You’ve likely heard that you need to create an “Ideal Customer Avatar” as a foundational part of your marketing efforts. Why is everyone talking about this concept and how can you visualize your ideal customer so that your marketing will actually benefit?
If you’ve had these questions, keep reading! I’m giving you 4 simple steps to determining your ideal customer. I’ll also explain why it’s important (but not as complicated as it seems.)
What is an Ideal Customer Avatar?
In a nutshell, your ideal customer is the person you’re “talking to” in your marketing. He or she is the person that comes to mind when you create any type of content in your business, be it a blog post, podcast episode, Instagram post, Pinterest graphic, whatever.
You can’t be all things to all people and trust me, you don’t want to be! But you do want to be the right thing for the right people. The “right thing” is the thing you’re good at, the thing that makes your customers choose you over the competition. And the “right people” are your ideal customers.
Why do I need to figure out who my ideal customer is?
As with so many things in our businesses, it’s usually best practice to get our thoughts out of our heads and onto paper. Whether you realize it or not, you probably already have a decent idea of who you want to talk to in your marketing, but the act of writing it out will provide you some further clarity and could give you new ideas to make your marketing more effective.
How to Find Your Ideal Customer
Now let’s actually do the work. Here’s how to “Find Your Person” in 4 easy (and fun!) steps:
1. Brain-dump the names of people you would love to work with.
Maybe these are:
- People who’ve bought your products, love them, and keep coming back for more 🎉.
- A past client you really enjoyed working with because you loved working on their project and vibed with them as a person.
- Someone, who if they called you to talk about working together, you would drop everything and actually answer the phone (even though you usually rather die than talk on the phone 😬)
Don’t think about this too much, and don’t forget to dream big!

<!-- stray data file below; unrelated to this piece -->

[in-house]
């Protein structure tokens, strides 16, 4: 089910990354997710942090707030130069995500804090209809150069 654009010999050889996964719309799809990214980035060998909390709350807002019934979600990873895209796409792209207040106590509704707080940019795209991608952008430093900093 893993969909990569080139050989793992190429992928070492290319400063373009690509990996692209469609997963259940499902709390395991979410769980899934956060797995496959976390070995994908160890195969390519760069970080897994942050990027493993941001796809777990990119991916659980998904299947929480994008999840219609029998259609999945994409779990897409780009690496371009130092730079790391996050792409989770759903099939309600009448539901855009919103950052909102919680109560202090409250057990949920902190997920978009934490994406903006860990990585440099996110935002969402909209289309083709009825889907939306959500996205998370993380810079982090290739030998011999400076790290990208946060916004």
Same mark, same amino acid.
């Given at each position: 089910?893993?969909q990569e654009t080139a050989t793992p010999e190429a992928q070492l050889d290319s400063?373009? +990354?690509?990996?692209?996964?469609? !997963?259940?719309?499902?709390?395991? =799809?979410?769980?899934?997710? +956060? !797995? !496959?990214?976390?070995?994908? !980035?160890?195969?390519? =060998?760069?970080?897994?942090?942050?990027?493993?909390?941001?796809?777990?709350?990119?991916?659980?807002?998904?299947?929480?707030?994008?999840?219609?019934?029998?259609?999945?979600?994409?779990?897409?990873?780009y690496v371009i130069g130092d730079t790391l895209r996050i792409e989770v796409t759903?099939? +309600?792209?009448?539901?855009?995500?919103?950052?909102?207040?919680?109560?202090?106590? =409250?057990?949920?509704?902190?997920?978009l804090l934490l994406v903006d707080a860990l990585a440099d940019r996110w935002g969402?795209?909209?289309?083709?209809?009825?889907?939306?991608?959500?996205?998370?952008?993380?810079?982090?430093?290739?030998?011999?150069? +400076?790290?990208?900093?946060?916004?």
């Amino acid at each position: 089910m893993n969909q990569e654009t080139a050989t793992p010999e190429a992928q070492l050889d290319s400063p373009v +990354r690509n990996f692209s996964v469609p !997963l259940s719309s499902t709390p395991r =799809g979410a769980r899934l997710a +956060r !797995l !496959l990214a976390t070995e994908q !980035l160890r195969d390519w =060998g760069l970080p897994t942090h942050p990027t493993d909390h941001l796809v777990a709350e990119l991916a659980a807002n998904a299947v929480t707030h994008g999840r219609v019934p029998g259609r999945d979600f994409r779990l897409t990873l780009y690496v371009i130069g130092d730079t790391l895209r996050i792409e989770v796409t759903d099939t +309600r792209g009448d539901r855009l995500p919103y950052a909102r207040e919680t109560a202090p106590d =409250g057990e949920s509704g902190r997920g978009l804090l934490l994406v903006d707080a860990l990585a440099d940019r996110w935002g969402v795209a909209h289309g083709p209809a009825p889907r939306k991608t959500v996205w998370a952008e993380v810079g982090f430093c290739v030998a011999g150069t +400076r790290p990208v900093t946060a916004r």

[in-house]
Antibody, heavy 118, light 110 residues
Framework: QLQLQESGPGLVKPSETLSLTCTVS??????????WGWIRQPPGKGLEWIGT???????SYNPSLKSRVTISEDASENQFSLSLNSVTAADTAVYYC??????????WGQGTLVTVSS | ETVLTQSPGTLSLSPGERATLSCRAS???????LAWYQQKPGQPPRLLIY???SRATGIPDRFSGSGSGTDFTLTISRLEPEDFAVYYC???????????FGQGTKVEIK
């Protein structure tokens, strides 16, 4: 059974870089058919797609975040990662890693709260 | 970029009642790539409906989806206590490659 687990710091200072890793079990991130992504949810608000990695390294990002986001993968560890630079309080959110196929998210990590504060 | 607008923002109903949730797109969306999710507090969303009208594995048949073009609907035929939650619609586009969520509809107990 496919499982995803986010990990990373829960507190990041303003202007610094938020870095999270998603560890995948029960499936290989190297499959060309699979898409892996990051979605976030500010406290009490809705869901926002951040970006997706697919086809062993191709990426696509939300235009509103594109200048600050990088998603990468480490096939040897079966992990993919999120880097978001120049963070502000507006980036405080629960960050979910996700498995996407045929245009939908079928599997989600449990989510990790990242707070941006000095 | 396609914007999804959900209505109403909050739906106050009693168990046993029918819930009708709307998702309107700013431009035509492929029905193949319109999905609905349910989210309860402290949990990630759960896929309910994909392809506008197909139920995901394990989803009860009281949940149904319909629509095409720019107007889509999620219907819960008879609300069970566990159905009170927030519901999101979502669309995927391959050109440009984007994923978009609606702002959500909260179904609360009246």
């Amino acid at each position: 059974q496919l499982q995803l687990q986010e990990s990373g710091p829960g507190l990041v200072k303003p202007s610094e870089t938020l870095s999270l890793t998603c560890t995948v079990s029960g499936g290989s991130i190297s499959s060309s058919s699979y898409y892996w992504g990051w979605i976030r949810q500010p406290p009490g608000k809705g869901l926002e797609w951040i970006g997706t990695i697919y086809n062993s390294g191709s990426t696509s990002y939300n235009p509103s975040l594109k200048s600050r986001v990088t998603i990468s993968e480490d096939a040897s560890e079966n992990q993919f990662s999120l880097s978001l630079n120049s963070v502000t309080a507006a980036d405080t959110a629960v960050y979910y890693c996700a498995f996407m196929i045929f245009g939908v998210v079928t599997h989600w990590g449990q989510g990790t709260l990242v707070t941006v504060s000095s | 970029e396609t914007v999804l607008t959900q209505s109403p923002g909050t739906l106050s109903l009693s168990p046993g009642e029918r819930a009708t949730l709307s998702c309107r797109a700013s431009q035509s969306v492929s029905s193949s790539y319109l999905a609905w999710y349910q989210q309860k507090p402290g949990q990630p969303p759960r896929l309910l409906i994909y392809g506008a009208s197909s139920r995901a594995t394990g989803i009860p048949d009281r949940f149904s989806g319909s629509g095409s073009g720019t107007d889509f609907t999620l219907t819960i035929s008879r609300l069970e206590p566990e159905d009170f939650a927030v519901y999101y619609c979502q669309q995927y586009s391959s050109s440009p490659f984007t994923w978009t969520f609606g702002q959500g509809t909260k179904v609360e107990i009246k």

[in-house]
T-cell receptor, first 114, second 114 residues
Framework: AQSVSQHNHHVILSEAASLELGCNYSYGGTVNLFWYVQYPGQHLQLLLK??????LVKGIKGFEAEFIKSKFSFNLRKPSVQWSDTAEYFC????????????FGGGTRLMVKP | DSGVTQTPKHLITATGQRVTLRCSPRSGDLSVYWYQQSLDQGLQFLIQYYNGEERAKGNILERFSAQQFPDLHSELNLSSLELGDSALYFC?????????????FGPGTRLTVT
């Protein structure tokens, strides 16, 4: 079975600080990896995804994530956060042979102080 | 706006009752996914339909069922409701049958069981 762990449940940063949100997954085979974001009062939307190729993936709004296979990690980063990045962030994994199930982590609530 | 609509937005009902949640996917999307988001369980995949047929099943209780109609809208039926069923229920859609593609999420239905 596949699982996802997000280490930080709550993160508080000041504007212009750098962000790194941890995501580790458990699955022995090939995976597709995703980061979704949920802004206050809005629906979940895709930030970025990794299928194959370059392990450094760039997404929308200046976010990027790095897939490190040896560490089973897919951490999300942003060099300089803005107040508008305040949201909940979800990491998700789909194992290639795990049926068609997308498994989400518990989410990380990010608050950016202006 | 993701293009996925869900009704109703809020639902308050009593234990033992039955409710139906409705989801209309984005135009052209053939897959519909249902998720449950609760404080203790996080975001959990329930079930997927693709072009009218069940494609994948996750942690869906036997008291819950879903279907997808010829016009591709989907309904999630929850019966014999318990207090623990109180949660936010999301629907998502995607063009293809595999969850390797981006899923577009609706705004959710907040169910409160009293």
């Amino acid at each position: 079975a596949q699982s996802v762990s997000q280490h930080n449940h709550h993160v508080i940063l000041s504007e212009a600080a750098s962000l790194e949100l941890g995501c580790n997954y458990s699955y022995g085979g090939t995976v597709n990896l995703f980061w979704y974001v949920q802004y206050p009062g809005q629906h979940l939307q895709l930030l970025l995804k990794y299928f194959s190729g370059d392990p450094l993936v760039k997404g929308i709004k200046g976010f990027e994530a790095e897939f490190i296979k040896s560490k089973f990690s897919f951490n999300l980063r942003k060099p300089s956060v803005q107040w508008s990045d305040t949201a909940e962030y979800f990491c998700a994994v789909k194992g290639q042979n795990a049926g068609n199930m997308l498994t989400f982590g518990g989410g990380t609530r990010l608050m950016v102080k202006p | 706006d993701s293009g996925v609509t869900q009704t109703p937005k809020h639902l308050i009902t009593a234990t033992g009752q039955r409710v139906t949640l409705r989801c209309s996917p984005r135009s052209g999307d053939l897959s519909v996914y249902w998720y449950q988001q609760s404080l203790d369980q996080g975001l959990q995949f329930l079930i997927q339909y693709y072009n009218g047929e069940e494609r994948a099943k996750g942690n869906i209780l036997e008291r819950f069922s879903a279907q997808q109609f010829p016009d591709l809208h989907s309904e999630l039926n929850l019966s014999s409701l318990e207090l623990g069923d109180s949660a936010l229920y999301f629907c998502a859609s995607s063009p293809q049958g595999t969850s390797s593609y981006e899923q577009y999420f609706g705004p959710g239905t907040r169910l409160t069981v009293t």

2. Write by each name what about them made you two a good fit (or would make you a good fit).
Were they fun? Did they respect you and your process? Did they possess a personality trait that you vibed with? Maybe you loved working with someone in their particular industry, or you shared similar personal passions and interests. Maybe they a the budget you thought was ideal and they were excited to pay you what you wanted to charge. You can go kinda crazy here if you want. No answer’s a wrong one.
3. Circle all the traits that you see show up under multiple names.
Look for commonalities among these potential customers and mark them. Then assemble a separate list of all these common traits.
4. Name your Ideal Customer
This step may feel a little silly, but trust me when I say it will benefit you greatly. I want you to give your ideal customer a name. It may be the same name as one of your customers in real life, or it may be a name you made up, but regardless, giving your target customer a name will give you someone specific to talk to in your marketing.
This is especially helpful if your ideal customer is not similar to yourself. It’s natural to create content that we like to consume, but if you’re trying to target customers who are not like you, it will be very beneficial to ask the question, “Would [your named person] like this?”.
A Few Things to Remember:
Your ideal customer will most likely change as your business changes.
As your business grows and changes, your ideal customer will probably change too (and that’s a good thing!) Don’t feel pressured to come up with the perfect, all-inclusive ideal customer right now. Especially if you are just starting out in your business journey, this person will change as you change and as you add in different offerings in your business.
Only include the characteristics that will be helpful for you.
It seems like many people give the advice to write out in detail each and every aspect of your made-up customer’s life and personality. What’s his/her age? ethnicity? religion? eye color? zodiac sign? favorite thing to order at Chik-fil-a 🧡? Just kidding – kinda.
But I would encourage you only to include the characteristics and personality traits that are relevant to what makes you a good fit for them. (If you’re developing a food chain that sells healthy versions of loved chicken sandwich restaurants with amazing customer service, then the last trait might actually be an asset to your marketing!)
Creativity thrives within a context.
Sometimes we get the idea that we can be the most creative when there are no limits placed on us, but setting parameters in your marketing (aka, what your ideal customer wants to hear from you) will actually ensure that your content is effective and reaches the people you want to reach.
Come let me know on Instagram what you thought of this article and if it was helpful! Have questions? Send me a DM and ask away 🙂